Impact of ecological factors on the initial invasion of Bt transgenes into wild populations of birdseed rape (Brassica rapa)
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- Vacher, C., Weis, A.E., Hermann, D. et al. Theor Appl Genet (2004) 109: 806. doi:10.1007/s00122-004-1696-7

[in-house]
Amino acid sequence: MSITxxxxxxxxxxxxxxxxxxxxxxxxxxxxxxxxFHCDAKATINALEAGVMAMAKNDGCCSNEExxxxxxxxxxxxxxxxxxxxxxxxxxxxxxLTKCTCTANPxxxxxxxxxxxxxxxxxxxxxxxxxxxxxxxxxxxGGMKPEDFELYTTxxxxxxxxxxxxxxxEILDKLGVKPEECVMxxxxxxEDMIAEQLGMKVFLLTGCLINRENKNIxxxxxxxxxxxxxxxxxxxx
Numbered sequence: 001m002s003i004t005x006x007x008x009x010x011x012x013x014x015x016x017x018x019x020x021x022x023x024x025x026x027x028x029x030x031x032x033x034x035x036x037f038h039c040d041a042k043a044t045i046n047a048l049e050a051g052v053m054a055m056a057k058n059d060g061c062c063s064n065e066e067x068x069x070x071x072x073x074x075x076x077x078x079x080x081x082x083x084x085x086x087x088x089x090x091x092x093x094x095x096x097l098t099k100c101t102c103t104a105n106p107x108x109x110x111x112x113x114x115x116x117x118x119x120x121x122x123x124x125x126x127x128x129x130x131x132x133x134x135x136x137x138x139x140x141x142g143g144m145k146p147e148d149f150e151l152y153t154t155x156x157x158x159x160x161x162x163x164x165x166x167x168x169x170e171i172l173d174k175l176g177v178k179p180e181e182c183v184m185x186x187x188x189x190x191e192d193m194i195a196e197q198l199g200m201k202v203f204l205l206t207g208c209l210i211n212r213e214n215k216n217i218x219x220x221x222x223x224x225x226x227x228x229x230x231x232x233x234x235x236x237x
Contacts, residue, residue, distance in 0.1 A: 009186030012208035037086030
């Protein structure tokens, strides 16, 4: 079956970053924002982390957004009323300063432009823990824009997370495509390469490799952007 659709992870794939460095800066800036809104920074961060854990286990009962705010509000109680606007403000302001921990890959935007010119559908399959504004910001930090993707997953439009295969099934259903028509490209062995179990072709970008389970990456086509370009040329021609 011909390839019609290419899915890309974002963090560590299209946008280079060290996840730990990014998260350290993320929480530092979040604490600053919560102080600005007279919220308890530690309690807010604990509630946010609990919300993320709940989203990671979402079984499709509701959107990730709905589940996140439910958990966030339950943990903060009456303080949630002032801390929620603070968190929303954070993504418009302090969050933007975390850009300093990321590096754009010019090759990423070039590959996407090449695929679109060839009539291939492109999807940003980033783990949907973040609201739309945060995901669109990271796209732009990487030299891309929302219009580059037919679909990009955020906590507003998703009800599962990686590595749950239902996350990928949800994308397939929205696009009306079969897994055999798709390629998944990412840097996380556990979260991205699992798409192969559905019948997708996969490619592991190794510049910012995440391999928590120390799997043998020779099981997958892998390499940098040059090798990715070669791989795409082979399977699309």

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The inevitable escape of transgenic pollen from cultivated fields will lead to the emergence of transgenic crop-wild plant hybrids in natural patches of wild plants. The fate of these hybrids and that of the transgene depend on their ability to compete with their wild relatives. Here we study ecological factors that may enhance the fitness of genetically modified hybrids relative to wild plants for a Bacillus thuringiensis (Bt) transgene conferring resistance to insects. Mixed stands of wild plants and first-generation hybrids were grown under different conditions of herbivore pressure and density, with Bt oilseed rape (Brassica napus) as the crop and B. rapa as the wild recipient. Biomass and fitness components were measured from plant germination to the germination of their offspring. The frequency of transgenic seedlings in the offspring generation was estimated using the green fluorescent protein marker. The biomass of F1 Bt-transgenic hybrids relative to that of wild-type plants was found to be sensitive to both plant density and herbivore pressure, but herbivore pressure appeared as the major factor enhancing their relative fitnesses. In the absence of herbivore pressure, Bt hybrids produced 6.2-fold fewer seeds than their wild neighbors, and Bt plant frequency fell from 50% to 16% within a single generation. Under high herbivore pressure, Bt hybrids produced 1.4-fold more seeds, and Bt plant frequency was 42% in the offspring generation. We conclude that high-density patches of highly damaged wild plants are the most vulnerable to Bt-transgene invasion. They should be monitored early to detect potential transgene spread.